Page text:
Islamic State as international threat; how to respond to terror; West waited too long in Syria; a new partnership with Russia; ending Africa's drought

A roundup of global commentary in the Nov. 30, 2015 weekly magazine

AP
Islamic State group's flag is seen in an area after Kurdish troops known as peshmerga regained control of some villages west of the oil-rich city of Kirkuk, 180 miles north of Baghdad, Sept. 30.

The Star / Toronto
Islamic State is no longer a regional problem
“Prime Minister Justin Trudeau spoke for all Canadians when he said our hearts go out to the people of France in a dark and terrible time. We too have felt the shock of terror, in the recent assault on Parliament and other attacks...,” states an editorial. “The Islamic State is no longer a regional problem, confined to its ‘caliphate’ in Iraq and Syria. It has morphed into a confirmed international terror threat....” There are steps that can and should be taken, the editorial suggests, including “work[ing] the diplomatic channels harder to broker an end to Syria’s ghastly civil war and heal Iraq’s dysfunctional government....” But at the same time, “the world needs to remind itself that the Syrians who are fleeing [Bashar al-Assad’s] bombs and the jidahists’ butchery are not a security threat.”

The Age / Sydney, Australia
How individuals can respond to terror attacks
“Terrorism is used by the weak against the strong. They cannot defeat us on their own. They improve their chances by recruiting the strongest possible ally – ourselves,” writes Peter Hartcher. “Terrorism works when it distorts our judgment with fear and anger, and we misjudge our responses. Terrorism turns our strength against us. It can only work if we let it....” Mr. Hartcher suggests five things to do in response: think, unite, banish false respect, preserve civilized borders, and destroy their base. “First, set aside our initial emotional responses of fear and anger. These are what the terrorists count on. Deny them.... We weaken ourselves by division.... To alienate the Muslim community would be to promote radicalisation.”

The Daily Star / Beirut, Lebanon
The West waited too long in Syria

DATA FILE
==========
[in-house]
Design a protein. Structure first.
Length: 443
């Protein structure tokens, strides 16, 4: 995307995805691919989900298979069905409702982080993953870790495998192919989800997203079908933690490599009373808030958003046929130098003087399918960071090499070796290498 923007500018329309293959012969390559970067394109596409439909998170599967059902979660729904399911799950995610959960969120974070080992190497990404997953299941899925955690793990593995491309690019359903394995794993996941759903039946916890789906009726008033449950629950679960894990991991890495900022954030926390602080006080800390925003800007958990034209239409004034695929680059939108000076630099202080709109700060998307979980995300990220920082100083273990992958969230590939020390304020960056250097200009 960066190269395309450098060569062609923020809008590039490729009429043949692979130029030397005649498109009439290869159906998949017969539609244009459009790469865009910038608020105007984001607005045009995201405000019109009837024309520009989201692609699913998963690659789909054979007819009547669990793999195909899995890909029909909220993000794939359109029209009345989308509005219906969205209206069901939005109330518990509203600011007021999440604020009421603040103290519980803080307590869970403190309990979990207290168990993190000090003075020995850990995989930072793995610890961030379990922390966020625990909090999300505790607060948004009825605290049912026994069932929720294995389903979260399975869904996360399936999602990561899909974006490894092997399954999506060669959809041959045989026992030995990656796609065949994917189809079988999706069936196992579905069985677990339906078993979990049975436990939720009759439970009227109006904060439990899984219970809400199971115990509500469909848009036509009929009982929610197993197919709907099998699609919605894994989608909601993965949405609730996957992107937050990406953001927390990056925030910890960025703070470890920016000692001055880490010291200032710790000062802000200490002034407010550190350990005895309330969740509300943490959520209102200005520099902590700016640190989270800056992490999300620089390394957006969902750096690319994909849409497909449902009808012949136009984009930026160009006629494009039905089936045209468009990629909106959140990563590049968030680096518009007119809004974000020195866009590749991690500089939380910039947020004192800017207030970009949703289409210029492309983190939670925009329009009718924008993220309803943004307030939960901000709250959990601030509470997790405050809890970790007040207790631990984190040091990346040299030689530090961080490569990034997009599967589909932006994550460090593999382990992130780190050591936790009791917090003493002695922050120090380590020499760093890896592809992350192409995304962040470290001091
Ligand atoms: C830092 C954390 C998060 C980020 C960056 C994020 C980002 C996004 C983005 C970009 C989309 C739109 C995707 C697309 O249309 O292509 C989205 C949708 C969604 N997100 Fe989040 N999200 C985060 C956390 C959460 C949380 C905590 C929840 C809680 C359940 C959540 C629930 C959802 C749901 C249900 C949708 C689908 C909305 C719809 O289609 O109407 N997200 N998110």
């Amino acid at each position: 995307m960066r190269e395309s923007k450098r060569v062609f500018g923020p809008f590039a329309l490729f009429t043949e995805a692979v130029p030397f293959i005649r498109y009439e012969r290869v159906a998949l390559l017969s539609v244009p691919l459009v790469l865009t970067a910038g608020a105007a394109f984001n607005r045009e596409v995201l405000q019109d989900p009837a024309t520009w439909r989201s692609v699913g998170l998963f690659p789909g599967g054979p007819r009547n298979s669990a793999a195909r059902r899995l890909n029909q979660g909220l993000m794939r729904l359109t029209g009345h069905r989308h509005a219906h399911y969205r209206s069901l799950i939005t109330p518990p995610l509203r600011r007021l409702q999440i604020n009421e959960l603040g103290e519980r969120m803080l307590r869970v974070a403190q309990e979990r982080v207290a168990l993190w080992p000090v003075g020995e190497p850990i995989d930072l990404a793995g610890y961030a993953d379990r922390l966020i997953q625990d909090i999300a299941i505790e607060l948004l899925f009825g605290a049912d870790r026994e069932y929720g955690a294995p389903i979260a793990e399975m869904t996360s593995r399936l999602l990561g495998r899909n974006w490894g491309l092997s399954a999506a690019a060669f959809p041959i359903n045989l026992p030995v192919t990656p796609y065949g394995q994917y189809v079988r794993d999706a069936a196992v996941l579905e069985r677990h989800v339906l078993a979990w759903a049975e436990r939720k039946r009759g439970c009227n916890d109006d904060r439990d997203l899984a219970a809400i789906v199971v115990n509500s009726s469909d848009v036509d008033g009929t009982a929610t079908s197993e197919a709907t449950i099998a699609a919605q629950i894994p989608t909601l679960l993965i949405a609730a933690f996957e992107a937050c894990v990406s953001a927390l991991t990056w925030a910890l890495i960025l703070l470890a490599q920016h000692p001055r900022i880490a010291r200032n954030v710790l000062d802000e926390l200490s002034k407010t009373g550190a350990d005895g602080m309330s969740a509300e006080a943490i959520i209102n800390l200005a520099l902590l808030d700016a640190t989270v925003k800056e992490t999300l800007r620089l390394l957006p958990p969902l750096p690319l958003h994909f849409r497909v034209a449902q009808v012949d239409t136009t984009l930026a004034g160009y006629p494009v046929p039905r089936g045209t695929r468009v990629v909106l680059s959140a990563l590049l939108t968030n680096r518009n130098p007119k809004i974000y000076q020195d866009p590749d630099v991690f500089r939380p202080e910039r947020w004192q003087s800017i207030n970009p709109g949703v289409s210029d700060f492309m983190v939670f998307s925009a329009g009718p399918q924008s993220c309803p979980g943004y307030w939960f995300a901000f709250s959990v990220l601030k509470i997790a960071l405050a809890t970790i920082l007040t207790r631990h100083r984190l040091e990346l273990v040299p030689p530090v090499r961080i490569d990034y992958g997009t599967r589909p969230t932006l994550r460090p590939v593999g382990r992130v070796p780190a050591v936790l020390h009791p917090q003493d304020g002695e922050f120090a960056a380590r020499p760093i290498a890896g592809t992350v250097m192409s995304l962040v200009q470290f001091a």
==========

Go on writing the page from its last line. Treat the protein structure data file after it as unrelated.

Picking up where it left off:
The terrorist “attack on Paris, in which 129 people were killed, [came] hard on the heels of an [Islamic State] affiliate blowing a Russian airliner out of the sky over Sinai, killing 224 people, and just two days after the group bombed Beirut, killing 43...,” writes Michael Glackin. “[The attacks] are a reminder that the poisonous ideology of [Islamic State], and its potential to attract militants across the globe, is not dependent on its capacity to capture land and impose its caliphate faraway from Europe’s shores. The West sat on its hands for too long in Syria.... Beirut and Paris paid the price for the West’s laconic response to terror. Other cities will pay in [the] future, regardless of whether Europe closes its borders....”

The Moscow times / Moscow
A new partnership to stabilize Syria
“Russia must find a balance between the two extremes of a Soviet-like isolation from the world and close cooperation with the West on vital issues. That balance will affect both the country’s domestic life and economy: Either it will slide further into a ‘mobilization model’ even as the government displays an obvious inability to manage such a system, or else it will liberate the forces of openness and freedom that are needed, at least to some extent, for economic growth...,” writes political analyst Georgy Bovt. Mr. Bovt suggests that counterterrorism is just the beginning of what’s necessary for “constructive cooperation.... And for that, the West would have to find a way to tolerate the Putin regime and Russia would have to abandon its fervent anti-Western rhetoric, no matter how much it views Western values as ‘morally unacceptable.’ ”

Mmegi Online / Gaborone, Botswana
African nations must participate in solutions to drought
Many parts of Africa are facing extreme drought, which “could spell doom,” writes Mmegi editor Rabindranath Tagora. “But we can do something ... and stop looking for handouts from the West.... The African Union, and regional [blocs] such as Southern African Development Community, Economic Community of West Africa, the Maghrib, and East African Economic [Bloc] should build more research institutions that will focus on studying the continent’s climate patterns and find solutions to the problems.... We cannot sit back and hope that things will change for [the] better when we are not playing our part.”

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